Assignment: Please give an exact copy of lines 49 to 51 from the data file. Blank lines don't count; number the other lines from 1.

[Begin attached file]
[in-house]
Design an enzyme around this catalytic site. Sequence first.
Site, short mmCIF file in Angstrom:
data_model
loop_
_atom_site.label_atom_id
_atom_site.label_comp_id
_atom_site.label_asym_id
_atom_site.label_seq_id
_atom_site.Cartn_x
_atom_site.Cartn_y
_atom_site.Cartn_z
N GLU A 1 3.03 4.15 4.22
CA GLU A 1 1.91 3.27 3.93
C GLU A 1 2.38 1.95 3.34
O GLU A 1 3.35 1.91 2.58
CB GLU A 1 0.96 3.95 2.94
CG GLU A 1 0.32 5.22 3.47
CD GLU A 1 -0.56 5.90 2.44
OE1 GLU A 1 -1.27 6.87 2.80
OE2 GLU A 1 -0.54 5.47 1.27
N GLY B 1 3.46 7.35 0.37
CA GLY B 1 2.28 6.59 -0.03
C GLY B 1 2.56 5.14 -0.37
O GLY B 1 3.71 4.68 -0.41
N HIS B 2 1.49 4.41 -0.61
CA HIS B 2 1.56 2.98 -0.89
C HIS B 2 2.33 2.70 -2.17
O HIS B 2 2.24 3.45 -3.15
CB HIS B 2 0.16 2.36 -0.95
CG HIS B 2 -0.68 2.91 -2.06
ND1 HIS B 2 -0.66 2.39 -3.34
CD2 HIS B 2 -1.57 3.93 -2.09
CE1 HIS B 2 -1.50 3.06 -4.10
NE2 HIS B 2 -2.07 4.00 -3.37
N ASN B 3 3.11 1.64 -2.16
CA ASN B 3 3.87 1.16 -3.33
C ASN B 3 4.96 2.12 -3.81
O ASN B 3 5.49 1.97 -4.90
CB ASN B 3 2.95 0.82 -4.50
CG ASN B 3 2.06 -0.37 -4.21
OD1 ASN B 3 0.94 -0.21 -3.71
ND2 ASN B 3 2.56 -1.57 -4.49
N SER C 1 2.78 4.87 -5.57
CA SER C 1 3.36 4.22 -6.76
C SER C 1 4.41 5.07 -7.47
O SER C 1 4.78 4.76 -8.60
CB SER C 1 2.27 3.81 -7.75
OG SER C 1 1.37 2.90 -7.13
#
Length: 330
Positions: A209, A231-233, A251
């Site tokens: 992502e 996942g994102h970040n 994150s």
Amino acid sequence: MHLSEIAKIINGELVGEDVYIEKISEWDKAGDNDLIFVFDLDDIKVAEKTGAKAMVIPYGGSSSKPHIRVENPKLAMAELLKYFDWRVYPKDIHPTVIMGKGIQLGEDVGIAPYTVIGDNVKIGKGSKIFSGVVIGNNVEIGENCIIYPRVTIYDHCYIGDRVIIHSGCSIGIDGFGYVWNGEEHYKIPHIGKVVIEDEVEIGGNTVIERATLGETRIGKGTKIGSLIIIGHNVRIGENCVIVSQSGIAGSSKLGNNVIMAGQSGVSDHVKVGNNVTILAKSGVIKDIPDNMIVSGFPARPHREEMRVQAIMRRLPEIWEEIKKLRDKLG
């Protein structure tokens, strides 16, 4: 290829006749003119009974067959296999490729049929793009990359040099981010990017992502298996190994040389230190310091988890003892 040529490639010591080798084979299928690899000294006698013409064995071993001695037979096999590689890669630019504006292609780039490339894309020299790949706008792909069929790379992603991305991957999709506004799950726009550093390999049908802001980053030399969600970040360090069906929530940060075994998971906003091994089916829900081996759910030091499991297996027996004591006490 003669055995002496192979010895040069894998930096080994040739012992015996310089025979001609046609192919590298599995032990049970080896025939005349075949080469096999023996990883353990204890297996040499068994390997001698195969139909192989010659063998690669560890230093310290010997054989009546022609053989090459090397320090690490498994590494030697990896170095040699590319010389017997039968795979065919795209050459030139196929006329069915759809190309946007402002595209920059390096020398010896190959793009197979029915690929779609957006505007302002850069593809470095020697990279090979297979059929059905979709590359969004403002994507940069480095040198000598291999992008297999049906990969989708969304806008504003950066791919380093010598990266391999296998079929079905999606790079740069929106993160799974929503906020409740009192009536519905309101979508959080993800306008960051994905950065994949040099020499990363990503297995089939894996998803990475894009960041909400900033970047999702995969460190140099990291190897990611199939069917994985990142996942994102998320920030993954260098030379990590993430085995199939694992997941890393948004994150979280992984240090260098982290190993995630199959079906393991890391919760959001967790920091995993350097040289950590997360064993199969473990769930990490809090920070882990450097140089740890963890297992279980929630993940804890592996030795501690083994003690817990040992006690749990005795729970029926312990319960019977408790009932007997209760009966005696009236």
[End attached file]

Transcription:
OG SER C 1 1.37 2.90 -7.13
#
Length: 330